Well, just like the fancy car and exotic vacations, it is a status symbol I can quite happily live without.  I like having the time to spend talking with my children.  I like to have time to get the household tasks done and still be able to engage in activities I enjoy.  And I really like having the freedom of schedule so that if a friend calls unexpectedly and needs to talk, I can say without hesitation to come on over.  I have time to spend with the people I care about and offer help and hospitality to those in need.

I am occupied in interesting and important things, but I am certainly not busy.

7 comments:

Mrs. Deem said...

My husband and I often talk about being, "sinfully busy."

Gretchen said...

I am so conflicted about this post...

In my professional life, I need the stress of a pile of projects in order to perform well. (I was one of those students who wrote her best papers with the deadline looming over her head.) So, in my office, the chaos of busy-ness is what keeps me doing my job. (Although to be honest at the moment, I am too busy and it's becoming a problem.)

But at home...I HATE the sense of obligation to keep everybody scheduled like crazy, and I refuse to do it. I hate hate hate the soccer mania of the suburban town I live in, plus the constant dance/gymnastics go-go-go. I hate it and I hate that so many kids in our neighborhood are too busy to go outside and just play. I have joked to the neighbors that I would like to see more "free range children" - but I'm not really kidding.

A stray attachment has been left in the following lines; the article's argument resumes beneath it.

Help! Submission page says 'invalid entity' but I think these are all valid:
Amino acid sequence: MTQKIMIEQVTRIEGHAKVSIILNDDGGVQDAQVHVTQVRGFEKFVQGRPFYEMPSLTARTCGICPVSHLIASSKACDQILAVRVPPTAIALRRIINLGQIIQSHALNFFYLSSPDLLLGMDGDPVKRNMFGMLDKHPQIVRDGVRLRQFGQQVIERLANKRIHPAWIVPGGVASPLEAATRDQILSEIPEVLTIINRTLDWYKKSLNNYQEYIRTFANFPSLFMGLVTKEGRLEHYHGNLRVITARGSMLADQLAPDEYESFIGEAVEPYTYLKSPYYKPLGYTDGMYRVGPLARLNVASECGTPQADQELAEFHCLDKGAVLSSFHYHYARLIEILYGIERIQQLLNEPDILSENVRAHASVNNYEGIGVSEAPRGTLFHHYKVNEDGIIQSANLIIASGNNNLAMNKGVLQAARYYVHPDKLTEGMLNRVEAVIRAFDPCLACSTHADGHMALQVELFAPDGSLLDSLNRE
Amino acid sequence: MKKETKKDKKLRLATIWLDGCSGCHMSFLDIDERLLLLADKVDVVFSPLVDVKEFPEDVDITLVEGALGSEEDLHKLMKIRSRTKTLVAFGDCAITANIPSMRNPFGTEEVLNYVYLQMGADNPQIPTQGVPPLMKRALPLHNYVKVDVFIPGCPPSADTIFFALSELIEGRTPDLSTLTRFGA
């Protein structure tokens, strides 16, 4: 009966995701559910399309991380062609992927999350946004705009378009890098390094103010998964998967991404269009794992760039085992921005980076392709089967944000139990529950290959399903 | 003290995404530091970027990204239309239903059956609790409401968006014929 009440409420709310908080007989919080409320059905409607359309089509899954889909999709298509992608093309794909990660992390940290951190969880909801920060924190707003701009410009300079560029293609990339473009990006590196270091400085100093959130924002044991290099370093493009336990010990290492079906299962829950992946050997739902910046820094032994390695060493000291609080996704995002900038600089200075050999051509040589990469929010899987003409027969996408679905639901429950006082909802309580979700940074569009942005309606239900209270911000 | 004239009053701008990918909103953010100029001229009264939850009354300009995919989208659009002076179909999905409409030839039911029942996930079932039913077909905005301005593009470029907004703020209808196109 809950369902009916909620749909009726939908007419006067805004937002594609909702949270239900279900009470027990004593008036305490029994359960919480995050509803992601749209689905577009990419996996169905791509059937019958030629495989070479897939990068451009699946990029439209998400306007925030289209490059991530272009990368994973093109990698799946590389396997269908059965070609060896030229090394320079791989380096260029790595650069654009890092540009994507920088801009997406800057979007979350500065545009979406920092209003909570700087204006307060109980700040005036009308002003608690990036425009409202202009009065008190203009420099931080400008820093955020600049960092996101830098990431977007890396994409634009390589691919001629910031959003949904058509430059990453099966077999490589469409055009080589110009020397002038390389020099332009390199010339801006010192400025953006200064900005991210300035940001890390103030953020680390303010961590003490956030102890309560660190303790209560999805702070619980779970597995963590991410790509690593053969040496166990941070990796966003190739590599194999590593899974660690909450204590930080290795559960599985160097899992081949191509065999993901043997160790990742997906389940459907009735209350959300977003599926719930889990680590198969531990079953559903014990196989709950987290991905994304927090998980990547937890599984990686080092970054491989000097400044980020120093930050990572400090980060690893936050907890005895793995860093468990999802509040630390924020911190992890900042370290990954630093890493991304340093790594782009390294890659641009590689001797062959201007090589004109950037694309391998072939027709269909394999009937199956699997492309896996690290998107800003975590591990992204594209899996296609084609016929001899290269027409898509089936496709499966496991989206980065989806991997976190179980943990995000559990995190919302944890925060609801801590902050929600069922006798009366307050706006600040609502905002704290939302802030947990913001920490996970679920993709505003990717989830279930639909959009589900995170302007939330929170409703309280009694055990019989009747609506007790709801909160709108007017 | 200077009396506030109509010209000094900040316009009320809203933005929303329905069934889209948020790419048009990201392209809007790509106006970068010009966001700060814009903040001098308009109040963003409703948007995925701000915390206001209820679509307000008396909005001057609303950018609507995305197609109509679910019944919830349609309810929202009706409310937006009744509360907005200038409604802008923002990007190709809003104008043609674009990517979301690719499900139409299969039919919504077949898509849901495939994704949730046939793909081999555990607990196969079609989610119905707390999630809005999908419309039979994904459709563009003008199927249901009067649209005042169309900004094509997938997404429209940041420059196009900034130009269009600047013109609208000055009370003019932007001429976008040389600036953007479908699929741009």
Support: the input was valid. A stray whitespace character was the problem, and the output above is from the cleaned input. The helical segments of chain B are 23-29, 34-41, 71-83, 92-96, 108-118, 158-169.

susieloulou said...

I'm happy to not be busy, but I would like to manage my time better. Like Gretchen, professionally I perform much better under looming deadlines. But my work is a small part of my day and I DO have time to talk to kids, pick up and/or deliver things for busy family members, go to lunch on a whim with my dear dad, and I love it that way!

Ann said...

I would like to read this post--but I'm too busy! Hope to catch up later!

Jamey... said...

I certainly grew up where Busy was the thing to be and pretty much the mark of being a good mother. I have three kids four and under and so at home I stay on my toes, but often I have to fight the feeling that I'm supposed to be busy/stressed with outside obligations and I'm not. It's so weird to feel like I need to apologize for the choices that I made that I like!

Anonymous said...

Amen! I recently read a post that has bothered me ever since by a working mother with small children. When she discusses her way-overloaded schedule, I can see a lot of things that could be cut out (besides quitting her job). But maybe she really likes it that way? I prefer to take the slower pace and path, and really enjoy the blessings I live with!

Joan

Margaret said...

Great article!! I totally agree! I truly feel that people measure their self worth on how busy they are! I keep asking my husband if we can move somewhere that is slower pace (we live in the Washington, DC suburbs), but I don't know if that type of place exists anymore! After reading your article, I think that we just have to MAKE it happen wherever we are!!! It's great to see that others think like I do. I always say that the 'Art' of visiting doesn't exist anymore. I love nothing better than just sitting with friends and family and enjoying a cup of coffee or tea and each others company!!